NPR Says F$%! the RIAA, Albeit in an Erudite, Strongly Worded Letter After Some Tea

Illustration for article titled NPR Says F$%! the RIAA, Albeit in an Erudite, Strongly Worded Letter After Some Tea

NPR isn't taking too kindly to the Sound Exchange-drafted royalty rate hike for internet radio stations. The burn? The new rates are "at least 20 times more than what stations have paid in the past" and treats public radio "as if [it] were commercial radio," though it's unable to bring in extra revenue to meet higher costs.
Also, the fee for internet radio is "vastly more expensive" than the over-the-air license, despite the smaller audience. In response, "NPR will pursue all possible action to reverse this decision," starting with a petition to the royalty board.


We imagine if anyone has the pull to effect a reversal of the new royalty scheme, it's NPR, since it's partially funded by taxpayers. Then again, funneling tax dollars to RIAA fat cats toward obscene royalty payments probably isn't all that unconscionable to some of the government officials who've been receiving massive lobbying largesse for years on end. Even though we rarely tune in, public radio is a worthy cause, so we're totally with NPR on this.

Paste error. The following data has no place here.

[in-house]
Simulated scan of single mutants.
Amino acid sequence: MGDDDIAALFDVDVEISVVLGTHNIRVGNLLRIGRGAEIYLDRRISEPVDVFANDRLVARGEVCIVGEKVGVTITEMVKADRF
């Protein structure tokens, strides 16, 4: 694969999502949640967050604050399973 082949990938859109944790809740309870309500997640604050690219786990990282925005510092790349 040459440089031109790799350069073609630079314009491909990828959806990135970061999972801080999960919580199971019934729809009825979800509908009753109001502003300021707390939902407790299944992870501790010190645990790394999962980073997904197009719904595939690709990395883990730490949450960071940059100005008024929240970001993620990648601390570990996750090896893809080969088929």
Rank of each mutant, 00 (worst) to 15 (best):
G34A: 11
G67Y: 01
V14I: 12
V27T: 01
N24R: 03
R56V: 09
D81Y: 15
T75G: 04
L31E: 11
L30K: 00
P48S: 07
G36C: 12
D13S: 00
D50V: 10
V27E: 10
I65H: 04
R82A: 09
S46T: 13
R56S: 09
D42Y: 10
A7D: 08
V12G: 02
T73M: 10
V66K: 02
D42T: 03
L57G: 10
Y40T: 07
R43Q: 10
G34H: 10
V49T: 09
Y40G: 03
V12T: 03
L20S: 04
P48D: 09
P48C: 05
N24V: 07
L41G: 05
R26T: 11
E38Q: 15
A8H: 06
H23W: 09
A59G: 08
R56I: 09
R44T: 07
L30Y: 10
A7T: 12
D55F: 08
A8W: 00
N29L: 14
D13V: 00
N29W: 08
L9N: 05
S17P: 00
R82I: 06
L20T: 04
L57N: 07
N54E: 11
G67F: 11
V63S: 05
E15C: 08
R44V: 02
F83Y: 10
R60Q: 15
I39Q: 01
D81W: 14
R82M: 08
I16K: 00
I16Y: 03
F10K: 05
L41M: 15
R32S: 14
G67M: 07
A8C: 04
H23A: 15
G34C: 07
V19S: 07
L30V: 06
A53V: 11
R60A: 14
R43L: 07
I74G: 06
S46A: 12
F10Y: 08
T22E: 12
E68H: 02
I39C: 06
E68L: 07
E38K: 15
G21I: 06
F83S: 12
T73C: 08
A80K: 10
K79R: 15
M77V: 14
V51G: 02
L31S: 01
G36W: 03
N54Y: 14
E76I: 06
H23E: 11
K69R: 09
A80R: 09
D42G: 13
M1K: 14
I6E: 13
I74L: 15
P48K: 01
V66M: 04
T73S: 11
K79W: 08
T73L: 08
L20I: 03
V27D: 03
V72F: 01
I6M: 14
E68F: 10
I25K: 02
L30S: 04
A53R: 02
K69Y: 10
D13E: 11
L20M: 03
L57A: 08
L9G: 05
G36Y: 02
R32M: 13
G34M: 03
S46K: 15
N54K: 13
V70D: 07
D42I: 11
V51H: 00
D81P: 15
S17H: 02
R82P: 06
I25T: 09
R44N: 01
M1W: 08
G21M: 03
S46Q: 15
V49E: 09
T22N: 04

Update: It should be noted that Sound Exchange split off from the RIAA after being created by it, and now represents indie labels as well as ones under the RIAA banner. We still think the rate hike is a bad idea, though. Thanks, Idolator for the clarification.

NPR may lead fight against Internet radio royalty rate hike [Chicago Tribune via Consumerist]

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We've got 3 Minnesota Public Radio stations here: The Current which plays an "eclectic" selection of music from Natalie Cole to Nine Inch Nails, a classical music station which plays music that is mostly in the public domain from recordings that mostly aren't, and the news station which plays a wide variety of music as bumpers and fillers as well as programs from other producers that include music.

NPR itself puts music into the space that they expect local stations to use for local news and station ID so that, if there's a timing screw up the likelihood of dead air is diminished.

I think the recording industry has a right to collect on it's intellectual property, which I say as a software designer, blogger and photographer, but I think they need to re-read the fair-use clause. We also need to kill off large portions of the DMCA as unconstitutional.